After bidding goodbye to 2019 against the Avalanche, they return home Thursday to face red-hot Toronto, followed by a four-game road trip with stops in Minnesota, Montreal, Toronto and Boston. That’s a tall task for any team, let alone one missing a handful of key players in Bryan Little, Andrew Copp, Mathieu Perreault and Dmitry Kulikov, along with an inconsistent power play and a league-worst penalty kill.
“If we want to be and have the success that we want to have, we’re going to have to find a way to get more consistency out of our special teams,” he said.
Much has been made about the fact Paul Maurice is believed to be a “lame-duck” coach right now in that he doesn’t have a contract beyond this season. Cheveldayoff was asked if that means evaluation of the bench boss, and his future in Winnipeg, is still ongoing.
“I think Paul Maurice is the right coach for this organization. And I think he’s done a good job moving forward. What happens in the future, that’ll be done behind the scenes and at some point you’ll all know,” said Cheveldayoff, who praised Maurice for handling numerous curveballs thrown his way.
That certainly sounds like you can expect an extension to be coming.
Speaking of unexpected developments, the Dustin Byfuglien situation was a doozy. The veteran blue-liner was given leave at the start of training camp to contemplate his playing future and later suspended without pay. He underwent ankle surgery weeks later. Now, as the 34-year-old rehabilitates in consultation with the Jets, and with the potential for an arbitration showdown over lost wages seemingly waning, there is hope for a happy reunion.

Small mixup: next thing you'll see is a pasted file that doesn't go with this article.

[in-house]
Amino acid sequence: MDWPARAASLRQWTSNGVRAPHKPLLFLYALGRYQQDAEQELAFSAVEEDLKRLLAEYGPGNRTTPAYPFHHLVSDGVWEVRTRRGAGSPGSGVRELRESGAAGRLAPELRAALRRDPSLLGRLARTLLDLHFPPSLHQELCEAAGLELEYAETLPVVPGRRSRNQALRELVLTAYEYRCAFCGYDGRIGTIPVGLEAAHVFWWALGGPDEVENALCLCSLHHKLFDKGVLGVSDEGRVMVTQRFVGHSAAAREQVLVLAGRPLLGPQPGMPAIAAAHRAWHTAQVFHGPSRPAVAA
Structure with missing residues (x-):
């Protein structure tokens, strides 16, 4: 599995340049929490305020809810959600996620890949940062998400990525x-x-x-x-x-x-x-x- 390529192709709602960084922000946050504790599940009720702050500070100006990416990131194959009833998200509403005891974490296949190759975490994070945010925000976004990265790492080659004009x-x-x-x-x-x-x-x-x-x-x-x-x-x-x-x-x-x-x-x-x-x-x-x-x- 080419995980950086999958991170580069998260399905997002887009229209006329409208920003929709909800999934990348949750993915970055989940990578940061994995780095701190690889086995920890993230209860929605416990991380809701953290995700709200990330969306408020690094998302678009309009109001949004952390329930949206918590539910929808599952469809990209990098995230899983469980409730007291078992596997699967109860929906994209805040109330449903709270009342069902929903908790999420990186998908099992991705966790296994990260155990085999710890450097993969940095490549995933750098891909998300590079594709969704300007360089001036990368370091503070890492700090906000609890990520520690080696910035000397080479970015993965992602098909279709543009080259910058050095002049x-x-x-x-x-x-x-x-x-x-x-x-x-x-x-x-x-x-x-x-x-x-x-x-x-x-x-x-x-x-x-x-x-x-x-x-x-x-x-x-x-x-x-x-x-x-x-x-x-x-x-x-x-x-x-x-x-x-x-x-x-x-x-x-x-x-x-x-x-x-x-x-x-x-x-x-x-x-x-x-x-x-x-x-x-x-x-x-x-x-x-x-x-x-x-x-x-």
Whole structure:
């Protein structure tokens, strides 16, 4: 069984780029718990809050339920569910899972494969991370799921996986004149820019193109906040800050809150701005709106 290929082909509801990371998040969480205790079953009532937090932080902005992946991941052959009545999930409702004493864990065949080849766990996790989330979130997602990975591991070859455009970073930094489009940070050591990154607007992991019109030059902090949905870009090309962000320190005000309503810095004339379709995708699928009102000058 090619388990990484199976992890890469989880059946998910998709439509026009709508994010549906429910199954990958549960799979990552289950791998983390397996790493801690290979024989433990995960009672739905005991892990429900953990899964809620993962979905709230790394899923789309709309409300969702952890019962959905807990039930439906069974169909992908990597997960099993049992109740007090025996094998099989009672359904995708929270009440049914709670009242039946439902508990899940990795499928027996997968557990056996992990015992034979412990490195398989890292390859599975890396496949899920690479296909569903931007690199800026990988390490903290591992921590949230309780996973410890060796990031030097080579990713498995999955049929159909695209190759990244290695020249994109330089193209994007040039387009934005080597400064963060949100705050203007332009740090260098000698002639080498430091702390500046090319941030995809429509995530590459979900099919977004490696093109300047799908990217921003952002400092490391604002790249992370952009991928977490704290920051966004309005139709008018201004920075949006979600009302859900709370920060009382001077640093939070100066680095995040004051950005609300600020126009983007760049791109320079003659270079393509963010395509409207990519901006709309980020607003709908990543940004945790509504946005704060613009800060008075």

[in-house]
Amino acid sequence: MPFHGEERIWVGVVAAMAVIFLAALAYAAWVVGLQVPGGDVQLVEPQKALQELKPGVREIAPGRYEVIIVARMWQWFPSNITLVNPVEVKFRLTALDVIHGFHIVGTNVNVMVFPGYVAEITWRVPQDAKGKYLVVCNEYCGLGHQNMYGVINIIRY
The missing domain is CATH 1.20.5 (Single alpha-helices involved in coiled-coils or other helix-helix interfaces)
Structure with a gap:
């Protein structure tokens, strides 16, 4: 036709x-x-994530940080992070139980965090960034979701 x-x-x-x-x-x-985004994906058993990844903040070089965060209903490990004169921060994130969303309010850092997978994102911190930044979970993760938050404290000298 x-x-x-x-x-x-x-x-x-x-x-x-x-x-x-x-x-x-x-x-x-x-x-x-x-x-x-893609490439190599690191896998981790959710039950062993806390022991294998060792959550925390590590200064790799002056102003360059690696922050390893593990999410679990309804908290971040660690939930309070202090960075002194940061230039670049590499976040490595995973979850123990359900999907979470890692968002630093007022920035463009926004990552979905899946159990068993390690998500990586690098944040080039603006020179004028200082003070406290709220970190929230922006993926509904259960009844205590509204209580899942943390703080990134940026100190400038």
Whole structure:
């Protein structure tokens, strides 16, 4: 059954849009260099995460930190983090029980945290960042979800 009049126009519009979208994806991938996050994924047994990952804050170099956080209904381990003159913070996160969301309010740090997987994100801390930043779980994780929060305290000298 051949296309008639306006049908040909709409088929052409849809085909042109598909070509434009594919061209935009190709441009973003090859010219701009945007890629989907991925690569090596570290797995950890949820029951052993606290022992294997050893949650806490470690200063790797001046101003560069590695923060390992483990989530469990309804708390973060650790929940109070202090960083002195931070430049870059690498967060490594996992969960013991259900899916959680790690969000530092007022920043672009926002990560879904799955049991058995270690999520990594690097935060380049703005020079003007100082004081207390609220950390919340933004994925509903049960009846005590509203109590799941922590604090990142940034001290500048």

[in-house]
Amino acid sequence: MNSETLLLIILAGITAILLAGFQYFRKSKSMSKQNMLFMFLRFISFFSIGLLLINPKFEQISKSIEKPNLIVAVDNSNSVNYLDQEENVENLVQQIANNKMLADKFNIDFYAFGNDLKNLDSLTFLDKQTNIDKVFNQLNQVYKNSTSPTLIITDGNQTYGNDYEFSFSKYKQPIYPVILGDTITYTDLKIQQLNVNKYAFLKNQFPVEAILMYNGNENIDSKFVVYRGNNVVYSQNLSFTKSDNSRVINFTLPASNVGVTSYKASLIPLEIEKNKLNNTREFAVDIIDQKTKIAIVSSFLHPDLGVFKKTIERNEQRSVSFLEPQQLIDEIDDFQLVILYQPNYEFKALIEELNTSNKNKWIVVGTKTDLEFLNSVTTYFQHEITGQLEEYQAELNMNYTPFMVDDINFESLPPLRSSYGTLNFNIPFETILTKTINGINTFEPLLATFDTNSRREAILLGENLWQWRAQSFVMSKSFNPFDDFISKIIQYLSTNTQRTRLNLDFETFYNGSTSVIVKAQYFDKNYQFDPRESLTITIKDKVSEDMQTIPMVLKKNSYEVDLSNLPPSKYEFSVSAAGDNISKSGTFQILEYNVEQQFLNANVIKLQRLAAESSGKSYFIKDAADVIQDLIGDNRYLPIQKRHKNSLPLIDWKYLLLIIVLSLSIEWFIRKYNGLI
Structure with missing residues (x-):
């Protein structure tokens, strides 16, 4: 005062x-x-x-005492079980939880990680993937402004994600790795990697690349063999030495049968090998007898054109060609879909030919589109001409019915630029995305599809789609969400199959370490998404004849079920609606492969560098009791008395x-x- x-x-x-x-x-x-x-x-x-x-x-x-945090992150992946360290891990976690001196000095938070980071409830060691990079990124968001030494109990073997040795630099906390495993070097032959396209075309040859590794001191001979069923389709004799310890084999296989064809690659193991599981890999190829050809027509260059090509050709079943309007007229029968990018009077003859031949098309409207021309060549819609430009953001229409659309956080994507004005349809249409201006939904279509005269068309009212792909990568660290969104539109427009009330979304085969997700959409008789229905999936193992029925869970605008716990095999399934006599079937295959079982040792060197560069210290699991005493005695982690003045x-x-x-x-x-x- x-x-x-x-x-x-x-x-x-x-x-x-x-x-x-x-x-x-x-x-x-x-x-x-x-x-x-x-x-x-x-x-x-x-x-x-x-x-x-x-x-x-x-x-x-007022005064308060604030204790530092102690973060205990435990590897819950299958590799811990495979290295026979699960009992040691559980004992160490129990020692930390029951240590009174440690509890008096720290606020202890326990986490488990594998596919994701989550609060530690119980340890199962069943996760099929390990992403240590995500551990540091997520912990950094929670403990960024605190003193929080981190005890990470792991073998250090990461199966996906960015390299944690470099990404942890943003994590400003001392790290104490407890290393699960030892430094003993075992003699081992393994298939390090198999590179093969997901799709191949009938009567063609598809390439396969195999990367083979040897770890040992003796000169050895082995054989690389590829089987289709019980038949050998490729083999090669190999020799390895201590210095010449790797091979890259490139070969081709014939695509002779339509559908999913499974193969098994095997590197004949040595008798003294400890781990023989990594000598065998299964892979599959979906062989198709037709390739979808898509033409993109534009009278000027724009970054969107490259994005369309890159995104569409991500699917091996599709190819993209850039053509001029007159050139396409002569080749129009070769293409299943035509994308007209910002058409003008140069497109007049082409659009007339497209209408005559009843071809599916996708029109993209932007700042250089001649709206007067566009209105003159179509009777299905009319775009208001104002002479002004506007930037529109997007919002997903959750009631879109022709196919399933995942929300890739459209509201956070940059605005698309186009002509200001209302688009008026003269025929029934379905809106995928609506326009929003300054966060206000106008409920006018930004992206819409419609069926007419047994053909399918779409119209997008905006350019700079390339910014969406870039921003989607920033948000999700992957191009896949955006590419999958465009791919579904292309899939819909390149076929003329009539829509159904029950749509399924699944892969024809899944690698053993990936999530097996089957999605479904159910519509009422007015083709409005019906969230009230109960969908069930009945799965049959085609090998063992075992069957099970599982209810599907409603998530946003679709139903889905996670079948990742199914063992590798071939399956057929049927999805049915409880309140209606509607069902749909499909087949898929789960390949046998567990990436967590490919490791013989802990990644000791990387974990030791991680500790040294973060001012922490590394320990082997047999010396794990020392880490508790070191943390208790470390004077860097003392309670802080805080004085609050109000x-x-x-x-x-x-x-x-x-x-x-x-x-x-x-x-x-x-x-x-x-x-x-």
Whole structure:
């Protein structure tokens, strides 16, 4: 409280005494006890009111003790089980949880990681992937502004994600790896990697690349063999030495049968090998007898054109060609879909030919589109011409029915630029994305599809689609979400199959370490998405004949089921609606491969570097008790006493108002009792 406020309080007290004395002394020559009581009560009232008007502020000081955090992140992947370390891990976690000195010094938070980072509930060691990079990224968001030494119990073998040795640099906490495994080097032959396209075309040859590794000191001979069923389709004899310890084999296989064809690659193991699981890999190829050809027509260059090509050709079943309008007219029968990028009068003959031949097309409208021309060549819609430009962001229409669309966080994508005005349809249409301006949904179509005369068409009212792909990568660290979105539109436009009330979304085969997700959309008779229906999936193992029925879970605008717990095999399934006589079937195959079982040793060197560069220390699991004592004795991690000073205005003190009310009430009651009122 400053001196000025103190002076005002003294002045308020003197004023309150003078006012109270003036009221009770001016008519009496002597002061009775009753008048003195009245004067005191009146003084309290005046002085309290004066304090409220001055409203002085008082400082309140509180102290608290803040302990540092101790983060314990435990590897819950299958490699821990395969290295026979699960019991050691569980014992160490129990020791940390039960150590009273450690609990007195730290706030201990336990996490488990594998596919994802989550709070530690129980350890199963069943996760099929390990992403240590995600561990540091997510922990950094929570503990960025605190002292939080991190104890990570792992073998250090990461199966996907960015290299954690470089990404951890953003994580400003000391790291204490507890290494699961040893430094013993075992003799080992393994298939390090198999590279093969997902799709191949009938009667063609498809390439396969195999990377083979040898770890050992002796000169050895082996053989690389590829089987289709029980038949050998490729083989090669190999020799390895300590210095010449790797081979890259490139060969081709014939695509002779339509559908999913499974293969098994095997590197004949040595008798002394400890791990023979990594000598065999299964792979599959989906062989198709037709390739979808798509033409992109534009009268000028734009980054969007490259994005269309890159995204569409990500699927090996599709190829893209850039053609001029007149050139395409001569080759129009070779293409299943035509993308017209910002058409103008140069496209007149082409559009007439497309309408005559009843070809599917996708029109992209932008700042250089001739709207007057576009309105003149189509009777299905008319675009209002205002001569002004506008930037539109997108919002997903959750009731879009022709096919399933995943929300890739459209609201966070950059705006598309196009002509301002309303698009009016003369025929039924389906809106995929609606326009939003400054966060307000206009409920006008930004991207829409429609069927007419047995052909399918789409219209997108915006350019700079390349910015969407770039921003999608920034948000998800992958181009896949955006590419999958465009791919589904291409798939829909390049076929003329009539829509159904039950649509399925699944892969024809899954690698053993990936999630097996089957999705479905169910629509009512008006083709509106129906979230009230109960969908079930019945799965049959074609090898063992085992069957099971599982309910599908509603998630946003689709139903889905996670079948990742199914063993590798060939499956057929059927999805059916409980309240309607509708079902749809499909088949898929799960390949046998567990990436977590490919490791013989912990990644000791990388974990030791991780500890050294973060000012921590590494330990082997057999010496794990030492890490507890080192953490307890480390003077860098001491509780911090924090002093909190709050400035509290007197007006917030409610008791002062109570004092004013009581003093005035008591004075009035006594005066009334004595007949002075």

“Dustin Byfuglien is a big part of what we had planned going into this season. The first and foremost thing is Dustin Byfuglien has to decide in his mind that he wants to play. That’s the biggest hypothetical, so we can all answer those hypotheticals if that one gets answered first. He’s been off for quite a while now. If you look, I think he’s only played, in the calendar year, maybe 16 games,” said Cheveldayoff.
He couldn’t provide a specific timeline, but said things should begin to move on that front soon.
“We all know Dustin. I’ve probably known him longer more than anyone else and I know the impact he can have and the guys know the impact he can have, too. It just has to be right from a playing standpoint, because if you’re going make an impact, you have to be ready to make an impact,” he said.
On the subject of defencemen, Cheveldayoff suggested it’s only a matter of time before 23-year-old Sami Niku is back with the big club. He’s suffered three different injuries this year, but returned to action with the Moose on Sunday and could give Winnipeg’s battered blue-line an injection of speed and skill.
“I think Sami is going to be a big part of this group moving forward,” he said.
As for 19-year-old rookie forward David Gustafsson, Cheveldayoff revealed he has a contract clause that would allow him to be assigned to the Moose once he’s done playing for Sweden at the World Juniors. As a second-round draft pick in 2018, many thought it was either return to the Jets (where he’s played 22 games this year) or go back to his club team in Europe.
Finally, Cheveldayoff praised the play of goalie Connor Hellebuyck and Wheeler, the slightly-less-surly captain who has admitted he’s trying to be a bit more pleasant to be around these days. Wheeler continues to lead by example, including moving to centre when Little went down with a major injury early last month.
“He’s an intense person. Sometimes, with that intensity and I know that even in my own personal life, it’s hard when you live it and you wear it and you want it so bad, it’s hard not to take it home (with you),” said Cheveldayoff.
“Sometimes you may do some things that you don’t think that you’re doing, until you step outside of your own body. Those are the things that Blake has had, those maturation things. You talk about young players maturing but those 30 year old players mature as it goes too. He’s been a very good leader, he is a very good leader and he’s a very good person. Wearing his heart on his sleeve is all done for the betterment of not only himself but this organization.”
Mike McIntyre grew up wanting to be a professional wrestler. But when that dream fizzled, he put all his brawn into becoming a professional writer.